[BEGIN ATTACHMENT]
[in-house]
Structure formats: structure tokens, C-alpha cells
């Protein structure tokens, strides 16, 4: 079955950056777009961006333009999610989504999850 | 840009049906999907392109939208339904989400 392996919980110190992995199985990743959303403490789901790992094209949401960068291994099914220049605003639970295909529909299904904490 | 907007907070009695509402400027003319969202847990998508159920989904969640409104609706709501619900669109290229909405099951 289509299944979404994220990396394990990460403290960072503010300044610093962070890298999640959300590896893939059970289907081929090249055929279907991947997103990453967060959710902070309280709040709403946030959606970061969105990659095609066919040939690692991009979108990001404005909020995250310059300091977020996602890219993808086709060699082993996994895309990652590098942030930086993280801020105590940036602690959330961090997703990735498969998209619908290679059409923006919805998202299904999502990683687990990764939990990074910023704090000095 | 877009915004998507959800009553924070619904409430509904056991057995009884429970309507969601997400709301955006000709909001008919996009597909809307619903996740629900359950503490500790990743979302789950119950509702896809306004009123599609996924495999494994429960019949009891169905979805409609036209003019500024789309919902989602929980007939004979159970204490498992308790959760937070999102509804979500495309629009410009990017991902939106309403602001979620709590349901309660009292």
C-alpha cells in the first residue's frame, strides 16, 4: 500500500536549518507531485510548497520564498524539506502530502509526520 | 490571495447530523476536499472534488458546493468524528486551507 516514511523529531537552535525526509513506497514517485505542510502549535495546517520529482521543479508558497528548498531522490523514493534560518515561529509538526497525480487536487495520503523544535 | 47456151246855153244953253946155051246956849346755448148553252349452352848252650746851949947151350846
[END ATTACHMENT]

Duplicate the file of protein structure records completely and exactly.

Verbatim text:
[in-house]
Structure formats: structure tokens, C-alpha cells
């Protein structure tokens, strides 16, 4: 079955950056777009961006333009999610989504999850 | 840009049906999907392109939208339904989400 392996919980110190992995199985990743959303403490789901790992094209949401960068291994099914220049605003639970295909529909299904904490 | 907007907070009695509402400027003319969202847990998508159920989904969640409104609706709501619900669109290229909405099951 289509299944979404994220990396394990990460403290960072503010300044610093962070890298999640959300590896893939059970289907081929090249055929279907991947997103990453967060959710902070309280709040709403946030959606970061969105990659095609066919040939690692991009979108990001404005909020995250310059300091977020996602890219993808086709060699082993996994895309990652590098942030930086993280801020105590940036602690959330961090997703990735498969998209619908290679059409923006919805998202299904999502990683687990990764939990990074910023704090000095 | 877009915004998507959800009553924070619904409430509904056991057995009884429970309507969601997400709301955006000709909001008919996009597909809307619903996740629900359950503490500790990743979302789950119950509702896809306004009123599609996924495999494994429960019949009891169905979805409609036209003019500024789309919902989602929980007939004979159970204490498992308790959760937070999102509804979500495309629009410009990017991902939106309403602001979620709590349901309660009292």
C-alpha cells in the first residue's frame, strides 16, 4: 500500500536549518507531485510548497520564498524539506502530502509526520 | 490571495447530523476536499472534488458546493468524528486551507 516514511523529531537552535525526509513506497514517485505542510502549535495546517520529482521543479508558497528548498531522490523514493534560518515561529509538526497525480487536487495520503523544535 | 47456151246855153244953253946155051246956849346755448148553252349452352848252650746851949947151350846